Serving Stale Data to Improve DNS Resiliency

Approval announcement
Draft of message to be sent after approval:

From: The IESG <>
To: IETF-Announce <>
Cc: The IESG <>,,,,, Suzanne Woolf <>,,
Subject: Protocol Action: 'Serving Stale Data to Improve DNS Resiliency' to Proposed Standard (draft-ietf-dnsop-serve-stale-10.txt)

The IESG has approved the following document:
- 'Serving Stale Data to Improve DNS Resiliency'
  (draft-ietf-dnsop-serve-stale-10.txt) as Proposed Standard

This document is the product of the Domain Name System Operations Working

The IESG contact persons are Warren Kumari, Ignas Bagdonas and Barry Leiba.

A URL of this Internet Draft is:

Technical Summary

This draft defines a method (serve-stale) for recursive resolvers to
use stale DNS data to avoid outages when authoritative nameservers
cannot be reached to refresh expired data.  It updates the definition
of TTL from RFCs 1034, 1035, and 2181 to make it clear that
data can be kept in the cache beyond the TTL expiry and used for
responses when a refreshed answer is not readily available.

Working Group Summary

This draft dates to March 2017 and was adopted by DNSOP in October 2017.
It's been extensively reviewed in the WG. The primary point of
controversy was that it discusses an optional protocol change (the choice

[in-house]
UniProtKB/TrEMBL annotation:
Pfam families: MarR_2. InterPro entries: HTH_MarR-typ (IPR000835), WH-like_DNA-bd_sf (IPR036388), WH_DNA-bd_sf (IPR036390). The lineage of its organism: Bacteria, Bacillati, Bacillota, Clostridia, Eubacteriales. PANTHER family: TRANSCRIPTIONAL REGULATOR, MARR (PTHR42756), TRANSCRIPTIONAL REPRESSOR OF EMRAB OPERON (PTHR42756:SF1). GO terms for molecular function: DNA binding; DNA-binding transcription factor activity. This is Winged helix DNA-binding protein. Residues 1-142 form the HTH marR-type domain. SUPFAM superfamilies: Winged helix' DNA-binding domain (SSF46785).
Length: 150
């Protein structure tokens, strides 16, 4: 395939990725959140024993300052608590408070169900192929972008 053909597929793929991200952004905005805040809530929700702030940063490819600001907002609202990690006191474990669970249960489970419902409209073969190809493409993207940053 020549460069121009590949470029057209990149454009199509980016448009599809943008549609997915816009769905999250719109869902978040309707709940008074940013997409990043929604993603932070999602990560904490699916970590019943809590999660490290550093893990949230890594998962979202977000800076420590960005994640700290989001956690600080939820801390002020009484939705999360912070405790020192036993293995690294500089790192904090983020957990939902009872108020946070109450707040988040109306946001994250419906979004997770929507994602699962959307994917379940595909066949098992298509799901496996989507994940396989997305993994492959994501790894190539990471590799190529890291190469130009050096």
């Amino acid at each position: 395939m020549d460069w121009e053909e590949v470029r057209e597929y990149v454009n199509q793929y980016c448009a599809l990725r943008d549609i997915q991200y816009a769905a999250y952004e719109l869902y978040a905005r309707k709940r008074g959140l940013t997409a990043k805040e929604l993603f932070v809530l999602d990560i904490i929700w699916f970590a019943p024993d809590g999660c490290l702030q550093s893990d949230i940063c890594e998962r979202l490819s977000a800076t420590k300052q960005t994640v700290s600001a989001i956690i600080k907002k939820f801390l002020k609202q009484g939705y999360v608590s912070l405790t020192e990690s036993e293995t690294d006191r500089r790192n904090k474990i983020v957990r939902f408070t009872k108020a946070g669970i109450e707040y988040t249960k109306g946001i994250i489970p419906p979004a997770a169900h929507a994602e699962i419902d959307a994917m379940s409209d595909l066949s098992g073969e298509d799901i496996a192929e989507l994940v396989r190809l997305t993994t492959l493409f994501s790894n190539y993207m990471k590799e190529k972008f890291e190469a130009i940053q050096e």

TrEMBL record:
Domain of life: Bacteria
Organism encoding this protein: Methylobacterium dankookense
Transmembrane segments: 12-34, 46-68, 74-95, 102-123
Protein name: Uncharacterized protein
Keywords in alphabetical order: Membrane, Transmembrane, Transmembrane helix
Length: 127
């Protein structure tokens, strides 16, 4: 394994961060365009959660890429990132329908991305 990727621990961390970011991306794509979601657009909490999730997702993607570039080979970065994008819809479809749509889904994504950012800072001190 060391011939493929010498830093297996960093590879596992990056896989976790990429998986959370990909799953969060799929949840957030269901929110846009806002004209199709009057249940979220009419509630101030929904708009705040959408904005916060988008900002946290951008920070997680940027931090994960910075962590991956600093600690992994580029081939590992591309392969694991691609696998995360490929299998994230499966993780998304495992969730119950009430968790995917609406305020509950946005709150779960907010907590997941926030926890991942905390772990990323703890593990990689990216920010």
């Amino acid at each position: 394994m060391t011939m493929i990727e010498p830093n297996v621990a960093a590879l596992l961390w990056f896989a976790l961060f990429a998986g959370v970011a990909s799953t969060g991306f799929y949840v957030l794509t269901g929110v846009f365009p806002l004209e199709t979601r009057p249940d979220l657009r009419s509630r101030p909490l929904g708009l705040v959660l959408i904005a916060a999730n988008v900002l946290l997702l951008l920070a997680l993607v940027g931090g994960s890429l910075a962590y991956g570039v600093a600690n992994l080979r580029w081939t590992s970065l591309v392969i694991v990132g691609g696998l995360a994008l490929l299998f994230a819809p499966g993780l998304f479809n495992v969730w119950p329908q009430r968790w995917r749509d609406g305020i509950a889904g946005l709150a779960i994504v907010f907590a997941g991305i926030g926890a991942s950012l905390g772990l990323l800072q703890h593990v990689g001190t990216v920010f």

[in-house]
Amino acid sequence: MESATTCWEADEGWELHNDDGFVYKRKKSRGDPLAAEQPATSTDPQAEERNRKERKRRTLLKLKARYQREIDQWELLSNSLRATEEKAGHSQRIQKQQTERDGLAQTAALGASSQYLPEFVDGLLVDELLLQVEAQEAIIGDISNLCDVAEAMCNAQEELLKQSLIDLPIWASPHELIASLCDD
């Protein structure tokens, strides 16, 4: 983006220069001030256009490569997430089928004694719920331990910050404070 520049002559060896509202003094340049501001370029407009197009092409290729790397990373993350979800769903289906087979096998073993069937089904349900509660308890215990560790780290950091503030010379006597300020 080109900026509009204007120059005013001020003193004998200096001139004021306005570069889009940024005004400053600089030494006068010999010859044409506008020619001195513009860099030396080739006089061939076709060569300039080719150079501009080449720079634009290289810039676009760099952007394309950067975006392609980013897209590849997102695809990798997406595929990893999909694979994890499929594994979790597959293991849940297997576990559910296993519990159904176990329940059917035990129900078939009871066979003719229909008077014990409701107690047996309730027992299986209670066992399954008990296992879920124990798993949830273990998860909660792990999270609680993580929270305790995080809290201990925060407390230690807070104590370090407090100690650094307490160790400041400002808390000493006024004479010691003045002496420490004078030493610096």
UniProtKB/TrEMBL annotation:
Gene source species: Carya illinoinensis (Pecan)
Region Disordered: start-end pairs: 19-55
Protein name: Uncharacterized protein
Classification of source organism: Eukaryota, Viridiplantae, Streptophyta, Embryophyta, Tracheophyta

by a recursive resolver to re-use data beyond the authoritative server
TTL when no refresh is available) that some WG participants felt to be
unwise under some conditions. The discussion of timer values in Sec. 5,
and of implementation decisions and caveats in Sec. 6 and Sec. 7, seem to
address these concerns. Since this protocol modification is widely
implemented and deployed, having a standards track description seemed to
promote careful practice and interoperability.

Document Quality

The protocol update discussed in this draft is an attempt to document
behavior that is implemented in multiple open source DNS codebases and
deployed by a number of large operators, including DNS services and CDNs
that rely on the specified DNS behavior. Common practice regarding the
handling of TTLs by recursive resolvers has changed considerably over the
behavior originally specified, and documenting the current practice as an
update to the protocol seems likely to promote interoperability and
transparency under both normal and adverse conditions.

Suzanne Woolf (shepherd)
Barry Leiba (AD)